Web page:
UW’s Linda Johnson Honored for Work in Honduras
Linda Johnson’s continuing efforts to provide medical care to villagers in one of the poorest and most isolated villages in Honduras have earned her the University of Wyoming’s Faculty Award for Internationalization.
Every year, the UW International Board of Advisors and the International Programs Office recognize individuals who have significantly contributed to internationalization and the promotion of global awareness at the university. A faculty member in the Fay W. Whitney School of Nursing, Johnson has led nearly 20 brigades to provide aid to residents of Agua Salada, Honduras.
The infrastructure in this rural village is often unreliable and, until recently, the Honduras project clinic represented the only modern medical care some villagers received in their entire lives. Johnson has functioned as a nurse practitioner, educator, logistics coordinator, pharmacist and fundraiser.
“Our students and professional team members take the physical, emotional and professional challenges of the brigades in stride,” Johnson says. “Tenting with no toilets, no electricity, bedbugs, chiggers and gastroenteritis -- no problem. In almost 20 trips, I have watched Wyomingites rise to these challenges and provide empathic, culturally competent care to this community.”
Brigade members acknowledge that this experience has impacted their personal and professional lives profoundly, says nursing student Marian Sue Kepler.
“Even though we were not at school, or in a hospital setting, she still held us to the highest of standards in our care for patients,” Kepler says. “Professor Johnson truly wants us to be great nurses, no matter where we end up in our nursing careers, and she demonstrated this throughout the entire trip.”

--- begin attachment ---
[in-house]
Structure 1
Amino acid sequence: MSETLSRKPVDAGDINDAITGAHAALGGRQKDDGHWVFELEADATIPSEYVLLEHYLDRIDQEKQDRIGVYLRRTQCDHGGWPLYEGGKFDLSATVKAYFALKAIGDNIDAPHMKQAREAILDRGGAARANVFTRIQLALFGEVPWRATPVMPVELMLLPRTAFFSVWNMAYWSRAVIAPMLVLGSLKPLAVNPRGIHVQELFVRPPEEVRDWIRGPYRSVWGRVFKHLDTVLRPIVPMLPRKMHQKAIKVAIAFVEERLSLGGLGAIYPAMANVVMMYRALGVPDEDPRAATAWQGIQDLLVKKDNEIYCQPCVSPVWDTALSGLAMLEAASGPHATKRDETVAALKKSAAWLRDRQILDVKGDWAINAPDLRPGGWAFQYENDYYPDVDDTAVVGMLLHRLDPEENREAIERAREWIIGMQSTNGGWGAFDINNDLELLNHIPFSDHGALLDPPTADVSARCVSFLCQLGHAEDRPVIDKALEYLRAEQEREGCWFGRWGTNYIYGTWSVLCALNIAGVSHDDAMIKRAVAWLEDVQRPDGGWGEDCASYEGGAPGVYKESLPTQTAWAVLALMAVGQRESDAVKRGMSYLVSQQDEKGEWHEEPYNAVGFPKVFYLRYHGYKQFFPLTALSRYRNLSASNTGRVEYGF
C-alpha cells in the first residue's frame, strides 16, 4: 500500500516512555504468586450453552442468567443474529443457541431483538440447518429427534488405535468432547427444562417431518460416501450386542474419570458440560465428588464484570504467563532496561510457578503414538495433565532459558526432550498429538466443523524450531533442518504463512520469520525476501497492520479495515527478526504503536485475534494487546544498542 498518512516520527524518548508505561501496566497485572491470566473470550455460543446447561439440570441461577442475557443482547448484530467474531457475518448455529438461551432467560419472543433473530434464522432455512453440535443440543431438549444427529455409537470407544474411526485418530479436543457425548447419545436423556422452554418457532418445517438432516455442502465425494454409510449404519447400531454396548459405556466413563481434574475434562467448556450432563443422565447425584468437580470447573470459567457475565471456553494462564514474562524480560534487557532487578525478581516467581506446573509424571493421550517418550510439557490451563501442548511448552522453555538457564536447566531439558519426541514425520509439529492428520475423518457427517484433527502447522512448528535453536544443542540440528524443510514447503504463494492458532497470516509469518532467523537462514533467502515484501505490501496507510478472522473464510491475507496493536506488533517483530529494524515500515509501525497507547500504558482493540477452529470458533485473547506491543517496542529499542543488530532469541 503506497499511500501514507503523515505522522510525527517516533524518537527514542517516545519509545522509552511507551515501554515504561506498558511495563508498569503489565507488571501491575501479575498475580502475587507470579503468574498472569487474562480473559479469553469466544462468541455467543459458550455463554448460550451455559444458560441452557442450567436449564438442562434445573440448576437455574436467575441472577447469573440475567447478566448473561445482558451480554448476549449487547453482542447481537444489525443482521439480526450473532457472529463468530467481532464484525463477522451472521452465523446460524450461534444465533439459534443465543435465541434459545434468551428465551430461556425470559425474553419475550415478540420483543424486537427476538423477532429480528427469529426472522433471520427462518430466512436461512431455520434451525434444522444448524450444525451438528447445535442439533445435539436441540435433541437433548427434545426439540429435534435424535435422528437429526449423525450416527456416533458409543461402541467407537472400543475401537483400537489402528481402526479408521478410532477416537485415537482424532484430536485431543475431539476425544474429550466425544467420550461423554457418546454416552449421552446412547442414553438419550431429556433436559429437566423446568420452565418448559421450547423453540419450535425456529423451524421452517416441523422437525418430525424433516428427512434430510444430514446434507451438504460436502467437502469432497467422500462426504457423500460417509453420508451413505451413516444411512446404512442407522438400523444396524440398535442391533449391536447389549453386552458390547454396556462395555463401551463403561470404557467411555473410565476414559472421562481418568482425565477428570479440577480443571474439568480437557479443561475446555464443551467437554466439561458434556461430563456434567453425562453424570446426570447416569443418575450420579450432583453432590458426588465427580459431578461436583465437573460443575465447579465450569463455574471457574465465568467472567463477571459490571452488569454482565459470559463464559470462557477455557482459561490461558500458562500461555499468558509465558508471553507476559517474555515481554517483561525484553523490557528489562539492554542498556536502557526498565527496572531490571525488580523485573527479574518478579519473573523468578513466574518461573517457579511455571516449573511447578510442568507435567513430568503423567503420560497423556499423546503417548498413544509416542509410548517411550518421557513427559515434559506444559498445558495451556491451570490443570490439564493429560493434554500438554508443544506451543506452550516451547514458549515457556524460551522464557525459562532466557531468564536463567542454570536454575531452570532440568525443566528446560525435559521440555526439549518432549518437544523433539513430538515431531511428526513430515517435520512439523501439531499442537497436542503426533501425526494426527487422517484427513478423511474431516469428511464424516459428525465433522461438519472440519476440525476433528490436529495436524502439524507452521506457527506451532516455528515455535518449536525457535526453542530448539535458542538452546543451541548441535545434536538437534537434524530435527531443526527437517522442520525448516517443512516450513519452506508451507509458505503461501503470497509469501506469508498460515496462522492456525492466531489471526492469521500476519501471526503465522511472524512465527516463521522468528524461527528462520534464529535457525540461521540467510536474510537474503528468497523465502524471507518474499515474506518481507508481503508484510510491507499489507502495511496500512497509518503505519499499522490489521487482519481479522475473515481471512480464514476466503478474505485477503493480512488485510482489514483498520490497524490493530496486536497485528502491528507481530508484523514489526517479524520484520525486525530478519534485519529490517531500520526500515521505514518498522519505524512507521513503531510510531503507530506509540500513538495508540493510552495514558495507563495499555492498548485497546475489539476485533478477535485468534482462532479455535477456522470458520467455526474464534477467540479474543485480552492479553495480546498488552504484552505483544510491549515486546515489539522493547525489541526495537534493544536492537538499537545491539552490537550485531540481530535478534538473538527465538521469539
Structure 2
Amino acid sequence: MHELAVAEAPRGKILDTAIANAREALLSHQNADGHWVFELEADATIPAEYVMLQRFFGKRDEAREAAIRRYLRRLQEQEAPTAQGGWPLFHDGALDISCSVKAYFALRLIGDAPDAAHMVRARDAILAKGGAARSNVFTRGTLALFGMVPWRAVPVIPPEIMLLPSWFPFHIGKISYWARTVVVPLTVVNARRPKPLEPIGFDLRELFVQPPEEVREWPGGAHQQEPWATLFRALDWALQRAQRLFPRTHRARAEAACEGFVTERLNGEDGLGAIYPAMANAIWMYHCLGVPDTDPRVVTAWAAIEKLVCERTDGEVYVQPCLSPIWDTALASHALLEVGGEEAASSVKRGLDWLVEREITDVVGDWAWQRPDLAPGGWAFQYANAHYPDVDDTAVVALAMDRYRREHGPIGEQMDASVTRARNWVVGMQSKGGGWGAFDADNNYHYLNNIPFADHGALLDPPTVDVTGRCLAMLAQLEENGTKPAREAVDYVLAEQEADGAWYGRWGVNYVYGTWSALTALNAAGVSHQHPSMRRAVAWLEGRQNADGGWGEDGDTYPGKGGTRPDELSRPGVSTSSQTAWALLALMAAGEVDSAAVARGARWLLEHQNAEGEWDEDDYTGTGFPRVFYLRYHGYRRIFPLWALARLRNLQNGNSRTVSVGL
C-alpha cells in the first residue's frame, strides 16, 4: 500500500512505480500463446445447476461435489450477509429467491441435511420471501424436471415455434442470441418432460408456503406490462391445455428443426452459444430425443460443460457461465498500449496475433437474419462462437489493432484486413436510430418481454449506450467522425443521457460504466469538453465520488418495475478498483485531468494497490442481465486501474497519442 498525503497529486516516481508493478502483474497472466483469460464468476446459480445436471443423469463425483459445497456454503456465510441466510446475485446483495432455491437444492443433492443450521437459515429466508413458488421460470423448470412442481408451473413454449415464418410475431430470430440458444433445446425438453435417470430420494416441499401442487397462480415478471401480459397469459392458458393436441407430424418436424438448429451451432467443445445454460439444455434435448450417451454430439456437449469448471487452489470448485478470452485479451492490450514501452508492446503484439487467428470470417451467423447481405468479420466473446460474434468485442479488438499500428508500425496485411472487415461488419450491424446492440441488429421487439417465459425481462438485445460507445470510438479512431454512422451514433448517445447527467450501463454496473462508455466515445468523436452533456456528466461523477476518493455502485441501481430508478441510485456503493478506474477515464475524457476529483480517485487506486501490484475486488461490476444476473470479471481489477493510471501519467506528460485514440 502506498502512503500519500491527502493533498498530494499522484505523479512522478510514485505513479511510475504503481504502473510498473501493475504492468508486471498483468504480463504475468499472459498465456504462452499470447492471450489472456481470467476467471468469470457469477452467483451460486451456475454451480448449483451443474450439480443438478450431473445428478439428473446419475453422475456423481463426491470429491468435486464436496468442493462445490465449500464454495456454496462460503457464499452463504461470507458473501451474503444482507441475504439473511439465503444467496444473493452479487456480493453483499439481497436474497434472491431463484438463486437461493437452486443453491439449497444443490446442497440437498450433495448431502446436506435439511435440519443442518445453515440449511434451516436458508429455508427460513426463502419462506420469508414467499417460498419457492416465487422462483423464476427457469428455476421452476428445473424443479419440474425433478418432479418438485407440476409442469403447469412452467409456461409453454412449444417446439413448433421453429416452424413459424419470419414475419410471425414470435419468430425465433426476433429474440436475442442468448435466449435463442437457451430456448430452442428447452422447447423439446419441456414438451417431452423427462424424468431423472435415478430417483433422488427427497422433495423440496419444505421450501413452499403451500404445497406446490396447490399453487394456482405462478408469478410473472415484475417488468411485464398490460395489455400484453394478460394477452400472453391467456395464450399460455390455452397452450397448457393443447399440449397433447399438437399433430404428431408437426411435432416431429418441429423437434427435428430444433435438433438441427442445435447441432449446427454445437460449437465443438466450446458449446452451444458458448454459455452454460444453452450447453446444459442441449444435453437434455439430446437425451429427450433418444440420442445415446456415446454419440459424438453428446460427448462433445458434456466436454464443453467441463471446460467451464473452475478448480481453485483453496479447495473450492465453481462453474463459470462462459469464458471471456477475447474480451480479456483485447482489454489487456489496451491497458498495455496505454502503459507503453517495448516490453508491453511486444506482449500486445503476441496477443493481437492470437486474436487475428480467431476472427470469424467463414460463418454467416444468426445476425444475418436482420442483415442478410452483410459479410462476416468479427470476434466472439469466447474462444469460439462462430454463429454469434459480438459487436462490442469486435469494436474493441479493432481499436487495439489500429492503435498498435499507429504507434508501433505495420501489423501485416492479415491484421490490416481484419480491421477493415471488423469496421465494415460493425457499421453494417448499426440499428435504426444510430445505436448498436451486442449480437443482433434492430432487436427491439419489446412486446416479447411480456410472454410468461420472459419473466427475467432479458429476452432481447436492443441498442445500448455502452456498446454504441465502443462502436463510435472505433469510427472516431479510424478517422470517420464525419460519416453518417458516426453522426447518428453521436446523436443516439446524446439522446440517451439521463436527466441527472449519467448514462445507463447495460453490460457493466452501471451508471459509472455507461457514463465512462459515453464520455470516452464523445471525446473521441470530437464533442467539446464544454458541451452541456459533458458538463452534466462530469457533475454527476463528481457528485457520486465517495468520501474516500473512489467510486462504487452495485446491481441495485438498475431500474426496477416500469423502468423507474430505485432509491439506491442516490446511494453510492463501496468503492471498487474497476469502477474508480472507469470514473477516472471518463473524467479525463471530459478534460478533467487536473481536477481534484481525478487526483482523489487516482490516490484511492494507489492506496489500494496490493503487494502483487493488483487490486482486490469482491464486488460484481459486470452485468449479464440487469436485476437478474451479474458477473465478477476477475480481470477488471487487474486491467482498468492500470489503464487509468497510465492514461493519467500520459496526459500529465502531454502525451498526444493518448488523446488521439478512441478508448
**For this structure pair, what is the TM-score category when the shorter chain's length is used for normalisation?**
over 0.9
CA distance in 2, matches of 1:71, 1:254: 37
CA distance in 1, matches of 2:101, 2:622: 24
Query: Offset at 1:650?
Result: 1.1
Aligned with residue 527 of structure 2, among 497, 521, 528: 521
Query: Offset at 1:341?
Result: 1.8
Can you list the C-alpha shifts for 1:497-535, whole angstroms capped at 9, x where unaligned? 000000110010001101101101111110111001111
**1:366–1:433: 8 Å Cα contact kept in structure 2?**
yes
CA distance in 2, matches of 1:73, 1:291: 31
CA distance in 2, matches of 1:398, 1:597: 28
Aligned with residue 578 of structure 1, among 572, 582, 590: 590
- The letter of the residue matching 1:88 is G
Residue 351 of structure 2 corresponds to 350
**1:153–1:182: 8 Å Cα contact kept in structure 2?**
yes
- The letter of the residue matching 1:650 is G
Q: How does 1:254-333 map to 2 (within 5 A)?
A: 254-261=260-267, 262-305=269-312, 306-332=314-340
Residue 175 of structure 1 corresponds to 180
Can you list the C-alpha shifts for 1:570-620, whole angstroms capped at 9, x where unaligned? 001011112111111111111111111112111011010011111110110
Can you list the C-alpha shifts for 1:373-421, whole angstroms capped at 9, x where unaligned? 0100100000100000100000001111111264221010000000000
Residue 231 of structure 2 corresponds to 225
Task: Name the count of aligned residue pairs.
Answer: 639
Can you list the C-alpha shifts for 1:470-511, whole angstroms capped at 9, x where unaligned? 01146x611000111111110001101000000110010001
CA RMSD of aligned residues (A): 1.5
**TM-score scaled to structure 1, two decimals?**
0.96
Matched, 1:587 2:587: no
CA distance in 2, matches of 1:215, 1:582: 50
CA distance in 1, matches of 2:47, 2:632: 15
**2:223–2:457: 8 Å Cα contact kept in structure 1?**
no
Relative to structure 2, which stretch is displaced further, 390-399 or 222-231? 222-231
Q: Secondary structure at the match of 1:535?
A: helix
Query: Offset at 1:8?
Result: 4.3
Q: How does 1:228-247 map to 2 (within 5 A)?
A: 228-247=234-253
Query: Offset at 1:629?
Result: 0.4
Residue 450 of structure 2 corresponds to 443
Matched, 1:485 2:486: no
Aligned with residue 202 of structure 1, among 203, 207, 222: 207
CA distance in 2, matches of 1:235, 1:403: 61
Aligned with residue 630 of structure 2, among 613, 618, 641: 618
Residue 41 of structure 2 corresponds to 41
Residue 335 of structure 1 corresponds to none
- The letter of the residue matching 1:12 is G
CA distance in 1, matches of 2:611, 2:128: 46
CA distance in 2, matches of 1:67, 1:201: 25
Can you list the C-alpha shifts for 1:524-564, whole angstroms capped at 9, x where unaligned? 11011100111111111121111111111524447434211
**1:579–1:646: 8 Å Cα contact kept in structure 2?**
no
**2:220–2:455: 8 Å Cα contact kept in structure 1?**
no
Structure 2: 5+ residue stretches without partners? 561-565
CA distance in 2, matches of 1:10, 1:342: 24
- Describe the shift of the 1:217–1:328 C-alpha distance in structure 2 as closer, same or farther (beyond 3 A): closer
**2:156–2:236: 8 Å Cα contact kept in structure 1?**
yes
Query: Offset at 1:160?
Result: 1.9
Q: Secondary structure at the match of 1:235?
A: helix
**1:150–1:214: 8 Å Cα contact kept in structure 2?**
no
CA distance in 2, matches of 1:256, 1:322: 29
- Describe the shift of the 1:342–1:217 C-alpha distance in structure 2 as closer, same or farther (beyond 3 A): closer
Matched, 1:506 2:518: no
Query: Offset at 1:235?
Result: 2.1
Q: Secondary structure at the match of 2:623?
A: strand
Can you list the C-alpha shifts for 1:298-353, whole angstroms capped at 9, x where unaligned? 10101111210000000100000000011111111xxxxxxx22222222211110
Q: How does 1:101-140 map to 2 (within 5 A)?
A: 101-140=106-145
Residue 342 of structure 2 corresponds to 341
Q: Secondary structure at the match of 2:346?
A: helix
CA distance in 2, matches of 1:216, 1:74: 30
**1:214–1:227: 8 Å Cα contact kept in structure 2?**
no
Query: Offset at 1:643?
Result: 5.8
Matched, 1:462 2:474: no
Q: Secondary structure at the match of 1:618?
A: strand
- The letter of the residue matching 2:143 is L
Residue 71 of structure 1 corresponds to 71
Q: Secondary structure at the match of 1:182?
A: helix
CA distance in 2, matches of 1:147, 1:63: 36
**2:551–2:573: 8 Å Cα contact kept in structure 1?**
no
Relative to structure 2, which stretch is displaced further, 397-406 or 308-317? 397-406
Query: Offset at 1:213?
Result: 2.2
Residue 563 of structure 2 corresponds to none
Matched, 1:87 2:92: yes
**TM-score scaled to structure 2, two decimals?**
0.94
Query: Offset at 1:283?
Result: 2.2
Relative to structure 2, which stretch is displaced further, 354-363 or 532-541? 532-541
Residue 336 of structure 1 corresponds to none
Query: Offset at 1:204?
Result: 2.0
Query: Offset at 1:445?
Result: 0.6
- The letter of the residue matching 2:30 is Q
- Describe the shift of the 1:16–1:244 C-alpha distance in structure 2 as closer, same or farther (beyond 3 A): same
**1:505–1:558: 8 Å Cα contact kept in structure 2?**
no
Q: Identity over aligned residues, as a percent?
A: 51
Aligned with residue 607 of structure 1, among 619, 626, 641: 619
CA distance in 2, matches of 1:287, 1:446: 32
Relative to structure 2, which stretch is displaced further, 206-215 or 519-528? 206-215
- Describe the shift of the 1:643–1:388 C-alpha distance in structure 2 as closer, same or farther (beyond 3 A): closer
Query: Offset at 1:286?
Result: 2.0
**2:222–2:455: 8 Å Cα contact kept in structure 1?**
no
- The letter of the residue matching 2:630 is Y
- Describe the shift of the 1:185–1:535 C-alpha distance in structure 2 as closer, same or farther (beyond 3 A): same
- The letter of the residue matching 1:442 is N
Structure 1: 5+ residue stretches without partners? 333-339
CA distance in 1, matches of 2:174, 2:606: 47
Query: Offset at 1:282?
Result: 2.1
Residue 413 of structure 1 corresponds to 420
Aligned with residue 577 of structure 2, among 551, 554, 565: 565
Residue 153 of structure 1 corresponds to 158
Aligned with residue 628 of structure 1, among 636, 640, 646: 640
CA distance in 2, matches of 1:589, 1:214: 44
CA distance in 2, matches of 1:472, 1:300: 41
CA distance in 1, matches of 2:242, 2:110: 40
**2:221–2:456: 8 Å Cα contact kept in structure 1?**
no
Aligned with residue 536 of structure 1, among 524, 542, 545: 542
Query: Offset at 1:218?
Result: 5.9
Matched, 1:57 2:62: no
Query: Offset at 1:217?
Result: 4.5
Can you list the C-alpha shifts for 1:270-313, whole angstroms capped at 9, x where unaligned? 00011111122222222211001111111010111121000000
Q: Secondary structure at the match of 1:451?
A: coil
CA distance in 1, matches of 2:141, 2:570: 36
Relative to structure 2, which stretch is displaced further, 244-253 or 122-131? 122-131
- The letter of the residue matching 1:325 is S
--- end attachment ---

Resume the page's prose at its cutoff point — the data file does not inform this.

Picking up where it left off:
A variety of individuals contributed to the success of the Honduras project, but Johnson’s leadership has been at the heart of the project.
“She has not only endured hardship in a remote area with little infrastructure, but has guided this project to flourish and serve as a model for international relations,” says Ann Wislowki, assistant lecturer in the School of Nursing. “She assumes her leadership role with cultural competence and humility, relating to people from top to bottom of the organization on all levels. She has served as a role model for the discipline of nursing, and mentoring interdisciplinary students.”
The project opens and expands opportunities for UW students to study abroad, says Joe Steiner, UW College of Health Sciences dean. He says many students describe their time working in Honduras as life-changing experiences.
“Some of these students receive credit for their current coursework, and the students gain a global perspective,” Steiner says. “This activity is a significant collaboration with overseas partners to teach and provide service.”
While noting the importance of improving lives through more than 6,000 patient encounters, Johnson says instilling a sense of pride and empowerment in the community has been far more fulfilling.
“Children are going further in school; dental health has become a priority; and our villagers speak up and impact local politics,” she says. “We thank all of Agua Salada, which has given more to us than we could ever imagine giving to them.”